• An oligopoly is a market structure characterised by the dominance of a few large firms. Each firm has a large market share and the actions of one directly affect the actions of others.

Features of an Oligopoly

  • Few dominant firms: Typically, an oligopoly is dominated by a few large firms each holding significant market share.
  • Barriers to entry: High start-up costs, powerful brands and patents often create barriers for new firms to enter the market.
  • Interdependence of firms: Each firm must consider potential reactions from other firms before taking strategic decisions about prices, production, and other policies.
  • Non-price competition: Firms often compete on factors other than price, for example brand image or customer service due to fear of starting price war.

Advantages of Oligopoly

  • Economies of scale: As the firms are large, they can exploit economies of scale, leading to lower average costs and potential for lower prices.
  • Research and development: The high revenues often allow for substantial investment in research and development leading to innovation and improved products.
  • Stable prices: Interdependence can lead to price stability in the market, which can be beneficial for consumers.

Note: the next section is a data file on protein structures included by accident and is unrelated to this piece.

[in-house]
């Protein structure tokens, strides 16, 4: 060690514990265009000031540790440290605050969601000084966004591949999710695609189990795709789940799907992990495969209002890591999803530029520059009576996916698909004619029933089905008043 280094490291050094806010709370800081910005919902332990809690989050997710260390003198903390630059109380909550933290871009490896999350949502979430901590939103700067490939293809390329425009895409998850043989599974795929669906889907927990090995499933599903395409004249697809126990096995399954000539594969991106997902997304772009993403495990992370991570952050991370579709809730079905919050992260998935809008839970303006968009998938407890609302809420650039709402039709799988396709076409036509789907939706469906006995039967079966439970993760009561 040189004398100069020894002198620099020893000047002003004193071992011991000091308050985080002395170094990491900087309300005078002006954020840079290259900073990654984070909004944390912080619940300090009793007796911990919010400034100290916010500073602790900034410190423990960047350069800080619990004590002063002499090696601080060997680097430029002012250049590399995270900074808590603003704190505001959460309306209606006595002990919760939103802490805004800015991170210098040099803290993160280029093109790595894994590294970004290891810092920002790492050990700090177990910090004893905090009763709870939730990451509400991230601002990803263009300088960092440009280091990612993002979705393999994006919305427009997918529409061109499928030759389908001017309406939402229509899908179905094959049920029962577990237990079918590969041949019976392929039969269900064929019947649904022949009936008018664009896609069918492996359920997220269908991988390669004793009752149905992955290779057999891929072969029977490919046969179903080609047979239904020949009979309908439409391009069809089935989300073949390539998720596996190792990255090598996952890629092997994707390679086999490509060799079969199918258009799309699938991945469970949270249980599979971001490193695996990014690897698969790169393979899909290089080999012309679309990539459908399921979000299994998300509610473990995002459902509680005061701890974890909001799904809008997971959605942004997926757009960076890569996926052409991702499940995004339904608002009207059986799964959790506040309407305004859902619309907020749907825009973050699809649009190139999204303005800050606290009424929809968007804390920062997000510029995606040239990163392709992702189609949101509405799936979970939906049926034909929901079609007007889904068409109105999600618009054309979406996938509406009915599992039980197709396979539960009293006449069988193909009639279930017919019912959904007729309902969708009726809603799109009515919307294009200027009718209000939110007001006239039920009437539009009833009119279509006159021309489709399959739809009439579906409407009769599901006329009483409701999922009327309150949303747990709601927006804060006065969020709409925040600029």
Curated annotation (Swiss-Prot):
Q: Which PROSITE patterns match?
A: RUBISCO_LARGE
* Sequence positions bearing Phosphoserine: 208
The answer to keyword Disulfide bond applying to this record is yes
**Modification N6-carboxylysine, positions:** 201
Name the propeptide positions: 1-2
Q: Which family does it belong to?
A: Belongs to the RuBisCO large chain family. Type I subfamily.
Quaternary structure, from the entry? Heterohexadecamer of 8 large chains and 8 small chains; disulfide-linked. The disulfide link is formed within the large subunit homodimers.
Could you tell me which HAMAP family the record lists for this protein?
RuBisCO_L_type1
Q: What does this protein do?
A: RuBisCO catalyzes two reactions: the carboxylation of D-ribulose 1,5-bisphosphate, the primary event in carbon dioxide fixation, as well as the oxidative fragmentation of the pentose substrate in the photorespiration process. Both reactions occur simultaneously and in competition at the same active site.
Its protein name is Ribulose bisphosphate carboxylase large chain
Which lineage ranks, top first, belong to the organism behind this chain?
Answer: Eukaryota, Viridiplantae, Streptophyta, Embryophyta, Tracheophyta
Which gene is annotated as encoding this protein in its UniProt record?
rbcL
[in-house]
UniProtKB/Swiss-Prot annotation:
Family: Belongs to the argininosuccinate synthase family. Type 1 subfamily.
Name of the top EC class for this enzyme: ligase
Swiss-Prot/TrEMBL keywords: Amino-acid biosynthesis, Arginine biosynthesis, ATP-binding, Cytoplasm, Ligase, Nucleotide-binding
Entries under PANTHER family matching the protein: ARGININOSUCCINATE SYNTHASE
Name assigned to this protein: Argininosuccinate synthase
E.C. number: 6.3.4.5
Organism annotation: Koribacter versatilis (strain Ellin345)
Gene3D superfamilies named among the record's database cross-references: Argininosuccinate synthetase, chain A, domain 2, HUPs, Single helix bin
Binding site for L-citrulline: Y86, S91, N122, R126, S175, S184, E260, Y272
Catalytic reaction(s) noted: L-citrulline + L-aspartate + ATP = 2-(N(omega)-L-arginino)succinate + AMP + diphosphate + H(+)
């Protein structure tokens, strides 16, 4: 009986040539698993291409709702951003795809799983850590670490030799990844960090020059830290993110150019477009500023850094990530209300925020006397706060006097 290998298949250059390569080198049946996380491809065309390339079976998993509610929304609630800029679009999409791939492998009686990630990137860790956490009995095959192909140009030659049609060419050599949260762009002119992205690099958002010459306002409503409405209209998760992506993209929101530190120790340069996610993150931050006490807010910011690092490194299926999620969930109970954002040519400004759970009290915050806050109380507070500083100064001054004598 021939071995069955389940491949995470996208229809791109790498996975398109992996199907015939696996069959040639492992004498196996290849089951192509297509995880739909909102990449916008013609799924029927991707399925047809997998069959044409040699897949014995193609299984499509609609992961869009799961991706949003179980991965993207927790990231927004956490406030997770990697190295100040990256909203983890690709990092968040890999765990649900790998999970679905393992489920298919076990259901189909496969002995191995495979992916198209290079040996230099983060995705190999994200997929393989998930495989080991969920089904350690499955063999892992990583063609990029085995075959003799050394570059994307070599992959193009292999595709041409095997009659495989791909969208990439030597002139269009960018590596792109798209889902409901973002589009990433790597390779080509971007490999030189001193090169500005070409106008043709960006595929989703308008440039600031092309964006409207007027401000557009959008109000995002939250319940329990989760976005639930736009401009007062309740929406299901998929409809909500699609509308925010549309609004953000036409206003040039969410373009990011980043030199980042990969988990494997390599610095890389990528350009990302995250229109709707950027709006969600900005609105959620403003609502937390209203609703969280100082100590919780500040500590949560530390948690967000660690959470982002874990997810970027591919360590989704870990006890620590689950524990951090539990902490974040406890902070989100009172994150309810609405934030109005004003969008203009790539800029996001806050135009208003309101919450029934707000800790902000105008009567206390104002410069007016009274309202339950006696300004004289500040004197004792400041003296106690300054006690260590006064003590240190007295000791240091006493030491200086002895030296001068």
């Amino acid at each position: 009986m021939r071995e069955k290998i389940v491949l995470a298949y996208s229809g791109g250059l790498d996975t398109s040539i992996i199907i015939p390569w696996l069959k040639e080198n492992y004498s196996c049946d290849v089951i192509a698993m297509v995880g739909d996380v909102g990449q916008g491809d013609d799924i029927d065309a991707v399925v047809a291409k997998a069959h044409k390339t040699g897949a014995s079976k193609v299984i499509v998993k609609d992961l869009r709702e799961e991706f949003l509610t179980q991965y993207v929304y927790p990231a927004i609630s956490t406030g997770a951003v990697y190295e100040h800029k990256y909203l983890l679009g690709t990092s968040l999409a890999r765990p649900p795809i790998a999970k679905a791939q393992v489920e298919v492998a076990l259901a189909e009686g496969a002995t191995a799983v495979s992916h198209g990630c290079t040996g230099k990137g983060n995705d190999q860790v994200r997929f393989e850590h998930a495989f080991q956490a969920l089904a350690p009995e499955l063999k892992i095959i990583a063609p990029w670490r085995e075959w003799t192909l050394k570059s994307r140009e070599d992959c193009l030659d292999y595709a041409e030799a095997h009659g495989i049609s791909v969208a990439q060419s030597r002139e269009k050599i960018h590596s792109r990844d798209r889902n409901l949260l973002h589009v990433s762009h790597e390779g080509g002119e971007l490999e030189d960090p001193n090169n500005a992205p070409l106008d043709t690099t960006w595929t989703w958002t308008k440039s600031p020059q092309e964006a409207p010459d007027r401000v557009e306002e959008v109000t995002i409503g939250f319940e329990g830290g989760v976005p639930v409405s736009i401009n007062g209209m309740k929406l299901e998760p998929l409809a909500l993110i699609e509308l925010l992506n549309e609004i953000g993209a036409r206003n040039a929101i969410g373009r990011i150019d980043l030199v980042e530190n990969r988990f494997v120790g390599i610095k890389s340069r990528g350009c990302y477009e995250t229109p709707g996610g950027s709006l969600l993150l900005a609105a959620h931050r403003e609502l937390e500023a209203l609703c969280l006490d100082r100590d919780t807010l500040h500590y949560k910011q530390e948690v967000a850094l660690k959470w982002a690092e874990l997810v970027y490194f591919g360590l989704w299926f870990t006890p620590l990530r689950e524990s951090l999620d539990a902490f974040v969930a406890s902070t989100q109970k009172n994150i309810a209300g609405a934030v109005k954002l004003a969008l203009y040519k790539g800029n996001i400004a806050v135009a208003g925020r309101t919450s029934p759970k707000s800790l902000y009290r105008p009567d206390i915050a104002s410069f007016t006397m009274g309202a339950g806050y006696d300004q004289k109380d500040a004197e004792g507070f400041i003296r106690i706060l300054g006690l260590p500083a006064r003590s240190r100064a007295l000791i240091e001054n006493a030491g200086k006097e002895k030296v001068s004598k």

Disadvantages of Oligopoly

  • Higher prices: Firms may use their market power to drive up prices, which may disadvantage consumers.
  • Inefficiency: With little competition, firms may not be incentivised to minimise costs or improve their offerings, leading to productive and allocative inefficiency.
  • Reduced consumer sovereignty: With few firms, consumer choice can be limited, reducing consumer sovereignty.

Examples of Oligopoly

  • The supermarket industry in the UK is a classic example of an oligopoly with a few large players (Tesco, Asda, Sainsbury’s, Morrisons) dominating the market.
  • The global auto industry is characterised as an oligopoly, with a handful of companies controlling the majority of the market share.

Importance of Oligopoly

  • Oligopolies can have both positive and negative impacts on consumers and the economy. Their market dynamics and the interplay among firms significantly inform competition policies and regulatory decisions.

In summary, understanding oligopoly is important for policy decisions, strategic business actions and understanding market behaviour. Increased knowledge of oligopolies can also inform debates around monopolies, regulation, and competition.